Virginia in 2018 due to an ankle injury and sat out the second half of another game due to a head injury, he also had surgery to repair a torn labrum following his 2019 campaign and was
unable to workout at the combine. His ability to play in the box or centerfielder will endear him to teams and his versatility certainly bodes well for his stock but durability will be a concern.
Son of Sarah and Bert Jones. Father played football at Stephen F. Austin from 1986-88. Coached by Bobby Reyes at Nacogdoches High School. All-America and two-time all-state
and all-district honoree. Selected to participate in the 2016 Under Armour All-America Game. Helped Nacogdoches to a 7-4 overall record, including a 3-2 district mark, with an appearance
in the 4A Division I bi-district playoffs in 2013; also competed in track and field (100m, 4x100m, 4x200m) at Nacogdoches. Ran anchor for the 4x200m team that finished third in the UIL 4A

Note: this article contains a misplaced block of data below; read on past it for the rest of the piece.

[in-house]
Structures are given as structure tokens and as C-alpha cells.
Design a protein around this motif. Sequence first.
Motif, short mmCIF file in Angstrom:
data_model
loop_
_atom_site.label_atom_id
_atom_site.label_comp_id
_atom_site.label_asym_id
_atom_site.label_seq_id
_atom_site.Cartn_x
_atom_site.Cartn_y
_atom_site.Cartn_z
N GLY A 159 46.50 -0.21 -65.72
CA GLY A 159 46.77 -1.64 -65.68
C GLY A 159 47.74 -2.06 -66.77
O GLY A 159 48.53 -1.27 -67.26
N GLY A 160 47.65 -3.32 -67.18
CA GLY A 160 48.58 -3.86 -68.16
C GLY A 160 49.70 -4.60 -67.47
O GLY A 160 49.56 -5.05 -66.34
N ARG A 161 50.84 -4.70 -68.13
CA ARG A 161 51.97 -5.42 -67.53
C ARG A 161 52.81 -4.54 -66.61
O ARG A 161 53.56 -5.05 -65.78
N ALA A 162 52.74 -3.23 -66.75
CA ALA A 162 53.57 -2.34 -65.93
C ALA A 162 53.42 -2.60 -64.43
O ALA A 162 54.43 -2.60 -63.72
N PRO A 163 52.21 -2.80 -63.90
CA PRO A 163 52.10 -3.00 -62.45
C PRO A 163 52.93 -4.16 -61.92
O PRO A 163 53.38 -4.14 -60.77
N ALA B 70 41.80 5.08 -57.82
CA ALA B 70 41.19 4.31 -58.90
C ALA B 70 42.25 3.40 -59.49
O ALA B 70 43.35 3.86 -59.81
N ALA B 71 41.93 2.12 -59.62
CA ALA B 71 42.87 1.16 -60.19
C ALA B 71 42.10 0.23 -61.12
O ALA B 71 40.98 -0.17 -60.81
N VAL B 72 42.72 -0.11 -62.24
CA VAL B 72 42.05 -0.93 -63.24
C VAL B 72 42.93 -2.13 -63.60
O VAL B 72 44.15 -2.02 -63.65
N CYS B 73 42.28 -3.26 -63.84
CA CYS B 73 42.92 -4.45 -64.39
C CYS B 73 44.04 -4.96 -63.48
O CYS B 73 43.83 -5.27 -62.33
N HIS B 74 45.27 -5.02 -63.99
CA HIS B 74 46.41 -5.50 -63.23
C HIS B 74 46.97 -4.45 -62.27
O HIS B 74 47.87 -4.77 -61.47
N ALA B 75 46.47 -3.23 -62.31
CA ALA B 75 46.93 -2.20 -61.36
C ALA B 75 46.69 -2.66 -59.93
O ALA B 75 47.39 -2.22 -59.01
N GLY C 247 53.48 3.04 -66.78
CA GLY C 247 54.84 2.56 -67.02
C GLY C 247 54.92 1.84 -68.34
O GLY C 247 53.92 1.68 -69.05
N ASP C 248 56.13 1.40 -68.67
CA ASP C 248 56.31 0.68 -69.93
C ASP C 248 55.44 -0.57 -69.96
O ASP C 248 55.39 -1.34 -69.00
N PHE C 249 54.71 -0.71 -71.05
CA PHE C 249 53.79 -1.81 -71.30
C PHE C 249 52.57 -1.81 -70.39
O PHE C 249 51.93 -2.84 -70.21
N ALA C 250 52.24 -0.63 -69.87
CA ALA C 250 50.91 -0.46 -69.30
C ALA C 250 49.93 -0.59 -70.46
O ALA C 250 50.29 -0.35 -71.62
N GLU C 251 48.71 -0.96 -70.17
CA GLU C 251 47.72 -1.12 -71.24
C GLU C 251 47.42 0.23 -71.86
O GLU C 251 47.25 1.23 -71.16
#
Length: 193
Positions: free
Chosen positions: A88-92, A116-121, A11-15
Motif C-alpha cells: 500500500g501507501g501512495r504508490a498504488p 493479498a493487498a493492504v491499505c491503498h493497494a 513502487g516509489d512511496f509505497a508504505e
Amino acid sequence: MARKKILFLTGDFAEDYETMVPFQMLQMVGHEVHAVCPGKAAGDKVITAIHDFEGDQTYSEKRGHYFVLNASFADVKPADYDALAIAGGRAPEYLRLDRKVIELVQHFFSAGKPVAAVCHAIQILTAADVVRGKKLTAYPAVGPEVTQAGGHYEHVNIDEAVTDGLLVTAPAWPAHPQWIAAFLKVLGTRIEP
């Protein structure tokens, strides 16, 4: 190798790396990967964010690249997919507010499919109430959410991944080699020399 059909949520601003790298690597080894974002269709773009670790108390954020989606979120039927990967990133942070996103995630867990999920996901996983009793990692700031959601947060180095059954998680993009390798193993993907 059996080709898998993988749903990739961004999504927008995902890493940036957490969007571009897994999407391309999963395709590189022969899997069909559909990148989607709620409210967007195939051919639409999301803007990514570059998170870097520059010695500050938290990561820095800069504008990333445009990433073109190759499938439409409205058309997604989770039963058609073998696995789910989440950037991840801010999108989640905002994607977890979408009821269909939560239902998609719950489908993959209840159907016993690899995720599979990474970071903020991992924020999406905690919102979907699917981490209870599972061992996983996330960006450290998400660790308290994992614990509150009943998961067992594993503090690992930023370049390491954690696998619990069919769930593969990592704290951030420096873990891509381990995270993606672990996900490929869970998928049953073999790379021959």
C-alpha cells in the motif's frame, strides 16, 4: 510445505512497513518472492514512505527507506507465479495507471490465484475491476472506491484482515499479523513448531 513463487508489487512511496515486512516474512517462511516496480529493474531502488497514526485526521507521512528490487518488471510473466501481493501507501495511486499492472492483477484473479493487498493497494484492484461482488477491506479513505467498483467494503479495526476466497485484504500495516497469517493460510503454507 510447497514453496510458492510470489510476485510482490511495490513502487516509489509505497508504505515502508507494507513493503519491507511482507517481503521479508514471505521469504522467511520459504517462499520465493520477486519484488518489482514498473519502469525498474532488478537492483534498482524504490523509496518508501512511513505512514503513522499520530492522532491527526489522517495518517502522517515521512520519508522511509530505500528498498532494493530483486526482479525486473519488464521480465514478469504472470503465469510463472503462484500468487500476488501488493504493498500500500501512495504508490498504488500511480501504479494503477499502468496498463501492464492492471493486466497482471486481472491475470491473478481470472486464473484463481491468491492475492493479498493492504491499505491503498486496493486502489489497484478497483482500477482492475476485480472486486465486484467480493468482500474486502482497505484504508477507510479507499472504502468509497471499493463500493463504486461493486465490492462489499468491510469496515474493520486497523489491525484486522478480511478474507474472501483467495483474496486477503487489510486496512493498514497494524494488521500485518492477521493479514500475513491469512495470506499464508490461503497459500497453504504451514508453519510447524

State Championships in 2014. Sport Management major at Texas.
Fourth-year defensive back who has played in 42 career games with 31 starts. Recorded 232 tackles at Texas, 14 for loss. Had 3 interceptions, 3 fumble recoveries, and 2 forced
fumbles. Also returned 14 punts for the Longhorns and averaged 11.5 yards a return.
How did you prepare for the combine? I had to get my labrum repaired (in shoulder) about seven weeks ago, so I’m not able to do anything at the combine. I’m here to interview and do
the medical stuff. The thing I did was try to grow the mental side of the game. I watched film of all 32 teams, created a binder with games I watched, probably six or seven hours a day, watching three or four games, growing from that standpoint. I like to build my game anyway I can, and that was the only thing I could do because I couldn’t do anything physically.
So you watched every play of defense for all 32 teams in the 2019 season? That was the plan. At first the plan was to watch every single play, but that took a super, super long time I